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Primary Open-Angle Glaucoma

What Is Primary Open-Angle Glaucoma?

Primary open-angle glaucoma is one of the leading preventable causes of blindness in the world, and it is the most common cause of blindness in African-Americans. Glaucoma is a condition that leads to optic nerve damage and possible irreversible visual loss. Progression of this optic nerve damage can usually be halted with treatment but cannot be reversed once the damage is done.

There are several types of glaucoma, and primary open-angle glaucoma (POAG) is the most common.

In POAG, there are characteristic optic nerve changes (damage) associated with open angles (the area between the iris and cornea) and elevated eye pressure. This is in contrast to other types of glaucoma, which are associated with abnormal angles (for example, narrow-angle glaucoma, closed-angle glaucoma, primary congenital glaucoma, and other secondary glaucomas) or low eye pressures (normal tension glaucoma).

What all types of glaucoma have in common is a pattern of progressive optic nerve damage that eventually may lead to irreversible vision loss if not found and treated in time. In many forms, there are no symptoms at all during the initial stages. For this reason, screening for glaucoma is very important.

What Causes Primary Open-Angle Glaucoma?

The exact cause of primary open-angle glaucoma is unknown. Certain genes have been identified that are associated with glaucoma, and more research is under way to study these genetic factors. Identification of any family history of glaucoma is therefore helpful.

What Are Risk Factors for Primary Open-Angle Glaucoma?

There are several risk factors for open-angle glaucoma:

  • Elevated intraocular pressure (high IOP): Average eye pressures range from 10-21 mm Hg. The higher the pressure, the higher the risk of developing glaucoma. However, not all people with a pressure in the 20s will go on to develop glaucoma, and conversely, there are people with pressures at the low end of the range who can have rapidly progressive glaucoma.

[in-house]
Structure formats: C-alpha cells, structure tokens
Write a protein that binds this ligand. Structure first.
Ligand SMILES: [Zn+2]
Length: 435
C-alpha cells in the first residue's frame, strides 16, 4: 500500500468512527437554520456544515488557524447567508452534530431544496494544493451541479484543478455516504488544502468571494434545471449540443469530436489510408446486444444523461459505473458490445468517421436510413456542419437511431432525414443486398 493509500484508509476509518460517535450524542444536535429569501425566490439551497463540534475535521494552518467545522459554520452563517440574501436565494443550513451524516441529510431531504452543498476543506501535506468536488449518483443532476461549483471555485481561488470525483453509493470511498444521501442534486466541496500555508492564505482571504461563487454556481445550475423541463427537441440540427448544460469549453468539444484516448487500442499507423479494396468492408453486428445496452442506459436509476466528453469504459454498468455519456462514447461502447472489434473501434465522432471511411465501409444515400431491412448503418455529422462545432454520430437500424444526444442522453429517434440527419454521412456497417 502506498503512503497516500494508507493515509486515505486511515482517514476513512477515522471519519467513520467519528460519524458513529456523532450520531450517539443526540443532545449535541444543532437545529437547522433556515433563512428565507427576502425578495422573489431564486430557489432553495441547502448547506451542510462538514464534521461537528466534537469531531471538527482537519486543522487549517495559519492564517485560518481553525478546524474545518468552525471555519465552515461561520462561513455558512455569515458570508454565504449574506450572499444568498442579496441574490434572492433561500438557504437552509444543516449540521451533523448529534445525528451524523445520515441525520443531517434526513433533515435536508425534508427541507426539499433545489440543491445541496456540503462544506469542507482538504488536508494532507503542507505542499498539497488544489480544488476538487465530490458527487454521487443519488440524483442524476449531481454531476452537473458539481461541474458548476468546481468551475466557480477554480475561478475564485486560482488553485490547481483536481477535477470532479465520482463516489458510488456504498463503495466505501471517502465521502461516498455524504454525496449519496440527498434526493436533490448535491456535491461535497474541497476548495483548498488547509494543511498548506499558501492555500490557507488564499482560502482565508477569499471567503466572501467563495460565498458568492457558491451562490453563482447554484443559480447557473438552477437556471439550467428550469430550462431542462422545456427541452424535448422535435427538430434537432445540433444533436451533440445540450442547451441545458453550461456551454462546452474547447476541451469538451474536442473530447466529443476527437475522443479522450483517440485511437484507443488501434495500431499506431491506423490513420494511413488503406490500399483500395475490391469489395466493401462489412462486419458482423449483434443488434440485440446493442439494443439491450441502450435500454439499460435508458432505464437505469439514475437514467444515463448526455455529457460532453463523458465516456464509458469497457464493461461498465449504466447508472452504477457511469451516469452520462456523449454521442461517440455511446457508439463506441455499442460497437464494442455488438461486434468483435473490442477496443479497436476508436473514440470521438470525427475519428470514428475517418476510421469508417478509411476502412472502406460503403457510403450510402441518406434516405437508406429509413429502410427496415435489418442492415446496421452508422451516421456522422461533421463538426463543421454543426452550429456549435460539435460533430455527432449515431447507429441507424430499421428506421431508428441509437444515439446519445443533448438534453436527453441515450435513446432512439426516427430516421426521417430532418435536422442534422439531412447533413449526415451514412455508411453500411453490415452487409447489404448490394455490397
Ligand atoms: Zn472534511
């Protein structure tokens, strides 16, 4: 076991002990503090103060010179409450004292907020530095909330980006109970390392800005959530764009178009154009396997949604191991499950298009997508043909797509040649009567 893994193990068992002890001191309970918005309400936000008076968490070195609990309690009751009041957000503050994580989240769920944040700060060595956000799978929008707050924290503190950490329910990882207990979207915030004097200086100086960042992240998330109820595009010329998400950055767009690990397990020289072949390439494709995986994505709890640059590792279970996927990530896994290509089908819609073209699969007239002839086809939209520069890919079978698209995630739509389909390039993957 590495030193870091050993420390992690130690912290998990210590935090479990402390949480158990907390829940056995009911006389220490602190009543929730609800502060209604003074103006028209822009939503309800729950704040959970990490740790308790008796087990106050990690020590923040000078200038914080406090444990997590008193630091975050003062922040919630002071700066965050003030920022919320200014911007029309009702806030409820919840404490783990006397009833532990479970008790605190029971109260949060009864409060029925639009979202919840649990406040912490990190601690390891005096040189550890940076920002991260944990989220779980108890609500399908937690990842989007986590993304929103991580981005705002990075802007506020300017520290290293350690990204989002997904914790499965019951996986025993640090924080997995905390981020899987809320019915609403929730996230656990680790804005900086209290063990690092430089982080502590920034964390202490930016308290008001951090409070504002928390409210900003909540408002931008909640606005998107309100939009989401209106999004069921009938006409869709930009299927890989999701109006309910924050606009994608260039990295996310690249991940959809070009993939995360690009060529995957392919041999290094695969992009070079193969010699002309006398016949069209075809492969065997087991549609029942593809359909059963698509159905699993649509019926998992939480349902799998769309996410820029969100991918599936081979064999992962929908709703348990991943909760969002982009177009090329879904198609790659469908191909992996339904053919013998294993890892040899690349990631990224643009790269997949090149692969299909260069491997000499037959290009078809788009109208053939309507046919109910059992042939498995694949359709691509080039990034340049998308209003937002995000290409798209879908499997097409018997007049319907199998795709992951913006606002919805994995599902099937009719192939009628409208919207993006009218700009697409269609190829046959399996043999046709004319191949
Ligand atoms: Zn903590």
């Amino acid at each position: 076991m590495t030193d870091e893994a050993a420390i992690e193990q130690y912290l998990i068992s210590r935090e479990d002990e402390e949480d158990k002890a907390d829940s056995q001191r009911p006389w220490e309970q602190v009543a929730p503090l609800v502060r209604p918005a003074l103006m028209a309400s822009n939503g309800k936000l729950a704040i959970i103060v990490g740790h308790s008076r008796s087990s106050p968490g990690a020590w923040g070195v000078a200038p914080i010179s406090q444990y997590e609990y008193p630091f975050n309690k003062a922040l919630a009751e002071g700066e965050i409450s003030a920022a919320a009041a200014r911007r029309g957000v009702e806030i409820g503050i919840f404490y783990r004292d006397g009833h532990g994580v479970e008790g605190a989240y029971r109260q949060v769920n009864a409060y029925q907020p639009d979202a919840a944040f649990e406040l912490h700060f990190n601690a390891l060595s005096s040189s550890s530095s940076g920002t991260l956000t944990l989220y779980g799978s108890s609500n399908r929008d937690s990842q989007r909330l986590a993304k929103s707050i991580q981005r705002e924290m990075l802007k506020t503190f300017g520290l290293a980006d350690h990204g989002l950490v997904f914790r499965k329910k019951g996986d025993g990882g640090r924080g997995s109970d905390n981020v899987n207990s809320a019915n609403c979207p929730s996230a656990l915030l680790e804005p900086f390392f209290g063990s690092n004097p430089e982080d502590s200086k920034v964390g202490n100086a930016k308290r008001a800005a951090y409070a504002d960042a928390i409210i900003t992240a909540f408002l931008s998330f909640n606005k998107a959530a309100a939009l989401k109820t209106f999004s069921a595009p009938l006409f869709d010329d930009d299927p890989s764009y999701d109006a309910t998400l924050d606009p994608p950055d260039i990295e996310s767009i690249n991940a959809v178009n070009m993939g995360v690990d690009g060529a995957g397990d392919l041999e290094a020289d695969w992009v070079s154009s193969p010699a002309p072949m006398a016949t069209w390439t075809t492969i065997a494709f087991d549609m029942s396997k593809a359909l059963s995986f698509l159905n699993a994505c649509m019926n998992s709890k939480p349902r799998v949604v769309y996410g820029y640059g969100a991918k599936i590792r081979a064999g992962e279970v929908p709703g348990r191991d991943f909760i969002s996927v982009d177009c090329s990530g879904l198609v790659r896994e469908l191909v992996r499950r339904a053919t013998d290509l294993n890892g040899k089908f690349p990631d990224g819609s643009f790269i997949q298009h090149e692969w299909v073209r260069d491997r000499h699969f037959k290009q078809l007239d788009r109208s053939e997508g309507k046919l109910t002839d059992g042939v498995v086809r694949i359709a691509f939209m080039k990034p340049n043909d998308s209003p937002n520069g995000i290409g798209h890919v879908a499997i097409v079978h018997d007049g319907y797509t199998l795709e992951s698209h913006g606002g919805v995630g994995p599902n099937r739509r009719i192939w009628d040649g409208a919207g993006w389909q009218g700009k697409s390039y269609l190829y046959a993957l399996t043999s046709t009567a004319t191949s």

• Age: Glaucoma becomes more common as we age.
  • Race: People of African descent get glaucoma more frequently and at a younger age than Caucasians.
  • Family history is important as some cases of glaucoma are hereditary.
  • Corneal thickness: Thin corneas are associated with a higher risk for glaucoma. Corneal thickness is measured by the eye doctor using specialized instruments. Possibly more important than the thickness of the cornea is the stiffness of the cornea, with less stiff (more pliable) corneas being associated with higher glaucoma risk. Instruments to measure the corneal stiffness are being developed and may in the future be used for routine screening.
  • Myopia (nearsightedness), diabetes mellitus, and hypertension are also often associated with glaucoma.
Medically Reviewed by a Doctor on 9/28/2016
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Types of Glaucoma

The two main types of glaucoma are open-angle glaucoma and angle-closure glaucoma. In angle-closure glaucoma, the normal drainage canals within the eye are physically blocked. Angle-closure glaucoma can be acute (sudden in onset) or chronic (lasting a long time), while open-angle glaucoma is usually chronic. In open-angle glaucoma, the drainage system itself is open but microscopic abnormalities within it prevent normal outflow of fluid. Both angle-closure glaucoma and open-angle glaucoma may cause optic nerve damage and vision loss with or without symptoms. Glaucoma is either primary (occurring without an underlying other cause or other eye disease) or secondary (related to other reasons, such as trauma, inflammation or medication).

Read What Your Physician is Reading on Medscape

Glaucoma, Primary Open Angle »

The definition of glaucoma has changed drastically since its introduction around the time of Hippocrates (approximately 400 BC).

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